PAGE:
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Introducing BrainChart: A Benchmark Tool for Brain Growth
At childhood wellness visits, pediatricians measure a variety of things to determine how children are growing, such as height, weight, and head circumference. They don't have a way to measure brain development yet, but researchers at Children's Hospital of Philadelphia have created a tool that uses magnetic resonance imaging (MRI) data to provide benchmarks of brain development over the human lifespan.
A collaborative international team led by researchers from the Lifespan Brain Institute of CHOP and the University of Pennsylvania, as well as the University of Cambridge, described the new resource, BrainChart, in the journal Nature. It would allow researchers — and in the future, the researchers hope, clinicians — to analyze brain development in children against reference charts, much like reference charts used for height and weight.
"Benchmarks for height and weight are critical for clinical applications and also for research," said Aaron Alexander-Bloch, MD, PhD, director of the Brain-Gene-Development Lab in the Department of Child and Adolescent Psychiatry and Behavioral Sciences at CHOP, and assistant professor of Psychiatry at the University of Pennsylvania. "A goal shared by many neuroimaging researchers is to create similar benchmarks for brain development and conceptualize what is typical in the context of this rapidly changing organ over the lifespan. Widely used quantitative standards for human brain measurement do not yet exist."
Many psychiatric disorders may result from abnormal brain development, and neurodegenerative diseases, such as Alzheimer's disease and Parkinson's disease, are also associated with changes to the brain. In addition, preterm birth and neurogenetic disorders are linked to abnormal brain structures that are associated with learning disabilities and mental health disorders. Because mental health disorders are a significant global health burden, the need for standardized methods to quantify brain structure over the lifespan is crucial.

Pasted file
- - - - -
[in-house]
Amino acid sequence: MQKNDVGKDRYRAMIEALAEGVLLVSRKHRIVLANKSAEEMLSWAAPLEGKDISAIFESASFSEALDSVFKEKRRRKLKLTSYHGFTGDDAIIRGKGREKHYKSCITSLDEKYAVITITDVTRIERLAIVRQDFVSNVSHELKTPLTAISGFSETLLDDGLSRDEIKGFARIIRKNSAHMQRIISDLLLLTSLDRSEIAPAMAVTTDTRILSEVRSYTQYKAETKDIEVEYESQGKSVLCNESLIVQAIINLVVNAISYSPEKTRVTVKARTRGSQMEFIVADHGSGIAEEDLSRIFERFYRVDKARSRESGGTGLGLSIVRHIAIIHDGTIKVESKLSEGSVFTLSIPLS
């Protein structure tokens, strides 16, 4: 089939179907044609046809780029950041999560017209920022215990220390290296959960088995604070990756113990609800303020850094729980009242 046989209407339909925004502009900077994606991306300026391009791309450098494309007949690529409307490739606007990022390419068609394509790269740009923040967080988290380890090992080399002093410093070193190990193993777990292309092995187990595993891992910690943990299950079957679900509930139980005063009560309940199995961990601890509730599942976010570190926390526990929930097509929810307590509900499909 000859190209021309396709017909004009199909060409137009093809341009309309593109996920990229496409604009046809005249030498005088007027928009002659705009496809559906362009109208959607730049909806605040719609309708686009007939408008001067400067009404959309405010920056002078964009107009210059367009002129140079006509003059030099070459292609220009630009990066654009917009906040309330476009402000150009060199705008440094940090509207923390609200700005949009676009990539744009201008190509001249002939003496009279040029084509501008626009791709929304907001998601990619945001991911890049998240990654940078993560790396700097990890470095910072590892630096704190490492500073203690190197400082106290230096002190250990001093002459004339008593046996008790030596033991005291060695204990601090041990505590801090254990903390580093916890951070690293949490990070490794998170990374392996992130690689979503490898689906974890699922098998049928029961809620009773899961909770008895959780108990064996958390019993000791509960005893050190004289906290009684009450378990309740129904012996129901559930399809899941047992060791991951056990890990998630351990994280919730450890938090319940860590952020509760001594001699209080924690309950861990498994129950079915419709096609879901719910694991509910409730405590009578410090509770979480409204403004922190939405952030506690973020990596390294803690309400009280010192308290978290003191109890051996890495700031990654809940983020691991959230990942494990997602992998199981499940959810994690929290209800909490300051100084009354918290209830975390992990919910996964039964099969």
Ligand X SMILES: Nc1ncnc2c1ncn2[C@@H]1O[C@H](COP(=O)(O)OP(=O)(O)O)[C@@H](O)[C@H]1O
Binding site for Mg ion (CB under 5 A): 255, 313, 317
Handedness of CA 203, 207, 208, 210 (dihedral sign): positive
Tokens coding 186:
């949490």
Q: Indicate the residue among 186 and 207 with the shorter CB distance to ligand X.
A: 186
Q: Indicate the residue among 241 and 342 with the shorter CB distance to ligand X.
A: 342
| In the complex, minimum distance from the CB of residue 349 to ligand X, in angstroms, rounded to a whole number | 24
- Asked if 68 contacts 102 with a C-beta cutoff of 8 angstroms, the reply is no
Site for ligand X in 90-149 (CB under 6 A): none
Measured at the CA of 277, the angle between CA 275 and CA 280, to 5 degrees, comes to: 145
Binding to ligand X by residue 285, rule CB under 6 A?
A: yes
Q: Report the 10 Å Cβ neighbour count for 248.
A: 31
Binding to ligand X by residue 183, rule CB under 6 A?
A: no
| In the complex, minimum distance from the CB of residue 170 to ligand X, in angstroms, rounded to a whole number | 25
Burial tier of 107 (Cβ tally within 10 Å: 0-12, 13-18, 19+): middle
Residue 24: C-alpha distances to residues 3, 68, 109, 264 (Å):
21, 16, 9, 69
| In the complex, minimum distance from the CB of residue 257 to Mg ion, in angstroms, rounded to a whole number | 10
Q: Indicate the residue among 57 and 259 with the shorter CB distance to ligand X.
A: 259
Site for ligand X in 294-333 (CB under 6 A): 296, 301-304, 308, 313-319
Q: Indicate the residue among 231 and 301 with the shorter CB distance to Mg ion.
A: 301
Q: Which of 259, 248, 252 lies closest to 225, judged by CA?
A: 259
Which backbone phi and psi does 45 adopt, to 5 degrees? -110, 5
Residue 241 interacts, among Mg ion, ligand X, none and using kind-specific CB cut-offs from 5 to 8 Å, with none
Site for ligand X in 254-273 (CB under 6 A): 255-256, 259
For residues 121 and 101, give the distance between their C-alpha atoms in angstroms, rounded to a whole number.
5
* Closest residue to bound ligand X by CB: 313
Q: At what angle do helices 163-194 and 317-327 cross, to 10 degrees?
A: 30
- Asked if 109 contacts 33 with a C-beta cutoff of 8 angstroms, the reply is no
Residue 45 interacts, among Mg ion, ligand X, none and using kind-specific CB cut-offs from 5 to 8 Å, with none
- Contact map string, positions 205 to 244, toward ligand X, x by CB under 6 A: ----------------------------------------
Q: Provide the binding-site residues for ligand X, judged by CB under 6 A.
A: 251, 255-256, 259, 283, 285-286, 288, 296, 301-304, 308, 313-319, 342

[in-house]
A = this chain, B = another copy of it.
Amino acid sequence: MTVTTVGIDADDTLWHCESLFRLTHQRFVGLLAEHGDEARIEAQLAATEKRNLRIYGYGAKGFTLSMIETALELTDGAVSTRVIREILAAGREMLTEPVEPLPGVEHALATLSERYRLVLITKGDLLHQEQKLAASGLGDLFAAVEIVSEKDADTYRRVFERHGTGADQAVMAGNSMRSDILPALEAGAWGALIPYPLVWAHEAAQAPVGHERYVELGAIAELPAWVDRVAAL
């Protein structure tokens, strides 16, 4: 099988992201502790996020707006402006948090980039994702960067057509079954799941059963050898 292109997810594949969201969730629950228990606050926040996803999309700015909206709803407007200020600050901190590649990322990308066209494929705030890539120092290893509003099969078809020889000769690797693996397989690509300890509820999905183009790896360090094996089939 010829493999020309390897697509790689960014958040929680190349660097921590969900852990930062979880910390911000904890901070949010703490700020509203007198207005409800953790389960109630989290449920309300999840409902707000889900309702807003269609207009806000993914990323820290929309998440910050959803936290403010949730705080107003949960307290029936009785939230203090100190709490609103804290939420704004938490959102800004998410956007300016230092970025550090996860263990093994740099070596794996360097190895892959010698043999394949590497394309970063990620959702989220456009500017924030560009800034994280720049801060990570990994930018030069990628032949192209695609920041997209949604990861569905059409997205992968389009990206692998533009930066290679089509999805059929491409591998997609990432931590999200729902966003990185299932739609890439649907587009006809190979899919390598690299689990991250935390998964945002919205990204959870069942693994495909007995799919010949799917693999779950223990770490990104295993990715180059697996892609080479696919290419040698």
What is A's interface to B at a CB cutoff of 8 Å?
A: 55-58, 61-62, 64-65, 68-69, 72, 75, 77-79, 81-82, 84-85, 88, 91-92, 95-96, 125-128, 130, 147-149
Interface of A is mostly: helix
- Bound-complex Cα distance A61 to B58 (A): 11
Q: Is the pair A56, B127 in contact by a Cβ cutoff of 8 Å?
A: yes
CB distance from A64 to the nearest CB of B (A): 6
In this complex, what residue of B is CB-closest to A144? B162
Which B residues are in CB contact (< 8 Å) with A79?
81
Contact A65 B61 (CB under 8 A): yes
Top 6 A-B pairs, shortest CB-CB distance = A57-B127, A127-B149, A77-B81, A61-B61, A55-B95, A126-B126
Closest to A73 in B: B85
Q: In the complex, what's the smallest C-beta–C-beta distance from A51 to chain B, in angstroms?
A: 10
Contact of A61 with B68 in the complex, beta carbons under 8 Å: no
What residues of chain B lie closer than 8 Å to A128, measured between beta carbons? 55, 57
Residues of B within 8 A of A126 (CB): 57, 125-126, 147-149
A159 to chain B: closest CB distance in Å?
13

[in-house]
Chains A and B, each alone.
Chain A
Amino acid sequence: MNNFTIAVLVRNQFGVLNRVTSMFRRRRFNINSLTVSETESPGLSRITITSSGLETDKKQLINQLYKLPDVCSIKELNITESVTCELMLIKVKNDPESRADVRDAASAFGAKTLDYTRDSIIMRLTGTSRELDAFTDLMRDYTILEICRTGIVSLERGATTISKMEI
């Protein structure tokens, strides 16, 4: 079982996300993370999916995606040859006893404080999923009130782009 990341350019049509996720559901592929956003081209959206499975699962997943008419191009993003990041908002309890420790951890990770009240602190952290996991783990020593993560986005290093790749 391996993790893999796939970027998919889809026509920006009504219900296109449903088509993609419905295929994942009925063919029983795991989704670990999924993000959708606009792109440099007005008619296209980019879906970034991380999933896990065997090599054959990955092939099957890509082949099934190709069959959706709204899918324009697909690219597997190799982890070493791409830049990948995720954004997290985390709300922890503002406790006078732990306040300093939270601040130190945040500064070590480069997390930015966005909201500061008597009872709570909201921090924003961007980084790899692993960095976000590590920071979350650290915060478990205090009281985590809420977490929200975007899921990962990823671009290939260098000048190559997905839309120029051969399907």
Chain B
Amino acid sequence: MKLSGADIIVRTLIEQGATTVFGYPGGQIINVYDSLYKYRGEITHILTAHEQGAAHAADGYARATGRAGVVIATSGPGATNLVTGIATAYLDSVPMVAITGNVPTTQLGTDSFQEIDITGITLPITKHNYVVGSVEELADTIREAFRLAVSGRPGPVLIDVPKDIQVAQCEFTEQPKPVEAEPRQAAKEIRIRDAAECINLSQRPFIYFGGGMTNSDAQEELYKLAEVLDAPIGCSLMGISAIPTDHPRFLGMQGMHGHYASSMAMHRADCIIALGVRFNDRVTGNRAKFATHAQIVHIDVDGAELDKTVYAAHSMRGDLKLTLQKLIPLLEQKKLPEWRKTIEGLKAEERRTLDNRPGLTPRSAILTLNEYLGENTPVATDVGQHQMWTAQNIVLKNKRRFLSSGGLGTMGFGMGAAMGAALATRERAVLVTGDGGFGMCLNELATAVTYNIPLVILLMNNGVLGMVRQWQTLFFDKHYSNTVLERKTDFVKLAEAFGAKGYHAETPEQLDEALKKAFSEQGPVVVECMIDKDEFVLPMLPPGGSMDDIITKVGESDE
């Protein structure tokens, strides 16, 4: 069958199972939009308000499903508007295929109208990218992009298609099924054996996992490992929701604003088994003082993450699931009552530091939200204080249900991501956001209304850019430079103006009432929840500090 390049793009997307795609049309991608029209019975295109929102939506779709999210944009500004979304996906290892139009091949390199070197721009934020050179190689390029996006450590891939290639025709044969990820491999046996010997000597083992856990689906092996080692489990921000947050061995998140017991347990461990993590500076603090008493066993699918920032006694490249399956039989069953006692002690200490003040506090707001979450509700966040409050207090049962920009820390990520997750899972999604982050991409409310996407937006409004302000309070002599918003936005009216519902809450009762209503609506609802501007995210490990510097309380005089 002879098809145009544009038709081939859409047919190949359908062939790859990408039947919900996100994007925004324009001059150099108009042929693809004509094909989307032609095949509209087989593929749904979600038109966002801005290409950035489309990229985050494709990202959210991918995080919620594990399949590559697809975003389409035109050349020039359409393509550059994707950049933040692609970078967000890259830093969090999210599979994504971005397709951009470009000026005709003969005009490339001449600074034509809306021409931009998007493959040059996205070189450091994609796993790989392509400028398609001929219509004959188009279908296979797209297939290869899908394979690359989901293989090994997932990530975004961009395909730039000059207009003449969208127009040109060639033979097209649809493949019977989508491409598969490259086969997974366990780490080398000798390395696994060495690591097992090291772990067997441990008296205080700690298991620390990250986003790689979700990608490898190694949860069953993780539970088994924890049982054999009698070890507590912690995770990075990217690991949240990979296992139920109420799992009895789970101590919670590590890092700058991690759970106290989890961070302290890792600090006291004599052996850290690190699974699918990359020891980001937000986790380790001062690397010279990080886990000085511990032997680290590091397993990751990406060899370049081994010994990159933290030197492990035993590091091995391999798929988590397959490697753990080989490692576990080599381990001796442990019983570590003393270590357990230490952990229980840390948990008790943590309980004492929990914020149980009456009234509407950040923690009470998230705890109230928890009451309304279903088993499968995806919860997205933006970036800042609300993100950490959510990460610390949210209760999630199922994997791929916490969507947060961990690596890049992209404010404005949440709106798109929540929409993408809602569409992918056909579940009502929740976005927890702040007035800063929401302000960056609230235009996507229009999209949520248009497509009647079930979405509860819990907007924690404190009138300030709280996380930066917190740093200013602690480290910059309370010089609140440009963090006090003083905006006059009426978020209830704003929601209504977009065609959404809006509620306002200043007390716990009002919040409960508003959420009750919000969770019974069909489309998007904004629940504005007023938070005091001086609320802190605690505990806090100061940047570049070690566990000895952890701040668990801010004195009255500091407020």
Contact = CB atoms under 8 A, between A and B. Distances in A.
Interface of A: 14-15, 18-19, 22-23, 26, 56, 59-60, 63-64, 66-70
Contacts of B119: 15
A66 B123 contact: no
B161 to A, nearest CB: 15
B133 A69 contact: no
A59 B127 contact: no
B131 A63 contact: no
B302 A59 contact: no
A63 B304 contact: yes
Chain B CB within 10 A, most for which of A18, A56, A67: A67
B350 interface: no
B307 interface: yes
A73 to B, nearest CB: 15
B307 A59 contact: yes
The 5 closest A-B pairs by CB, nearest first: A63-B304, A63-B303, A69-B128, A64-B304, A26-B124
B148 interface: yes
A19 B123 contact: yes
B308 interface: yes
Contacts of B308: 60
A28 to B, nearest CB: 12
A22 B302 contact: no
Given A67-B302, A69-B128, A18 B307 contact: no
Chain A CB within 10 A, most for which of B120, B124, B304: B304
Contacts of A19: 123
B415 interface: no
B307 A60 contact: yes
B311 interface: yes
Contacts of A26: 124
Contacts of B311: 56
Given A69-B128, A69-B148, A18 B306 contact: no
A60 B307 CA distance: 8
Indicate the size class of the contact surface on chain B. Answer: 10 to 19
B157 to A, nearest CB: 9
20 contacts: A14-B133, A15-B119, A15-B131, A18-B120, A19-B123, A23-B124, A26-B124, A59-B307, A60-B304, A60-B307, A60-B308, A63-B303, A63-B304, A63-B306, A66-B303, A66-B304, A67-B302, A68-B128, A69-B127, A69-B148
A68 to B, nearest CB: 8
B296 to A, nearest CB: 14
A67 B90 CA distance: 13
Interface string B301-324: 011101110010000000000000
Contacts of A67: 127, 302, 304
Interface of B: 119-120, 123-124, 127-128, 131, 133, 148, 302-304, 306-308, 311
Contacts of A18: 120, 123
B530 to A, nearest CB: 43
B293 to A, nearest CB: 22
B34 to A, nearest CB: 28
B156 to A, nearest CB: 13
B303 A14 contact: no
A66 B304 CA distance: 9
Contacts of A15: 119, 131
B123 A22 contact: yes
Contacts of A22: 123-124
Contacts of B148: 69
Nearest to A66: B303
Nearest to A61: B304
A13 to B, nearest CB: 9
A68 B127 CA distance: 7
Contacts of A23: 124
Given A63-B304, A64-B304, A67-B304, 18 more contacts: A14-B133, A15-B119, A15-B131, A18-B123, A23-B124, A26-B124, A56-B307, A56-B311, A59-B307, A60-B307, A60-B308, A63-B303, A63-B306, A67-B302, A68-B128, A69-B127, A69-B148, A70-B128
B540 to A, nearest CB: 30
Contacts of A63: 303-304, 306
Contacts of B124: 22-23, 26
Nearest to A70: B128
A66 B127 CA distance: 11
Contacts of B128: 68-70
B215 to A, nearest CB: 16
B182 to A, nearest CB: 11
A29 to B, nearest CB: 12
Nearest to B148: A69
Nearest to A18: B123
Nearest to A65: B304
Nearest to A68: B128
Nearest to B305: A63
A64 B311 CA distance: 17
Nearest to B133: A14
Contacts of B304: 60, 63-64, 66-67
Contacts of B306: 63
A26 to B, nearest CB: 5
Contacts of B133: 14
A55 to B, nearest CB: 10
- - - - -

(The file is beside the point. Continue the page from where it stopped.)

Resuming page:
To develop the BrainChart platform, Dr. Alexander-Bloch, and postdoctoral researcher Jakob Seidlitz, PhD, co-first author of the study, along with colleagues from the University of Cambridge, aggregated neuroimaging data including 123,984 MRI scans from 101,457 participants that ranged in age from 115 days after conception to 100 years old. They used data from more than 100 primary research studies.
The researchers analyzed cerebrum tissue volumes and other MRI metrics, and then they applied centile scores and rates of change over the lifespan. When they did this, they found previously unreported neurodevelopmental milestones: an early growth period that starts around 17 weeks after conception until age 3 years. The researchers also noted that the centile scores provided a standardized measure of atypical brain structures that may lead to neurological and psychiatric disorders.
An important aspect of the study is that the researchers were able to aggregate and harmonize MRI data from a variety of sources, time periods, and clinical conditions, allowing them to create a common language that could understand brain images from different sources. This standardization lays the groundwork for adding images from routine scans in the future.
At the moment, BrainChart is mainly for use by researchers as a source of benchmarks that they can use to analyze their findings. However, the researchers anticipate that after more research to validate and refine the model, BrainChart could be useful in clinical settings. The researchers also noted that the model must be representative of the whole population and needs more MRI data from under-represented socioeconomic and ethnic groups.
"Just as there are still significant caveats when it comes to the diagnostic interpretation of where a child falls on a height, weight, and BMI chart, we would likewise expect that there will be nuances to how BrainChart could be used in a clinical setting," Dr. Seidlitz said. "That said, by creating this common language for brain images, we have built a necessary bridge that can help facilitate the translation of research insights into clinical workflows, which bodes well for current longitudinal clinical imaging practices in conditions such as hydrocephalus or Alzheimer's disease, as well as future progress toward large-scale digital mapping of atypical brain changes across many diverse clinical conditions."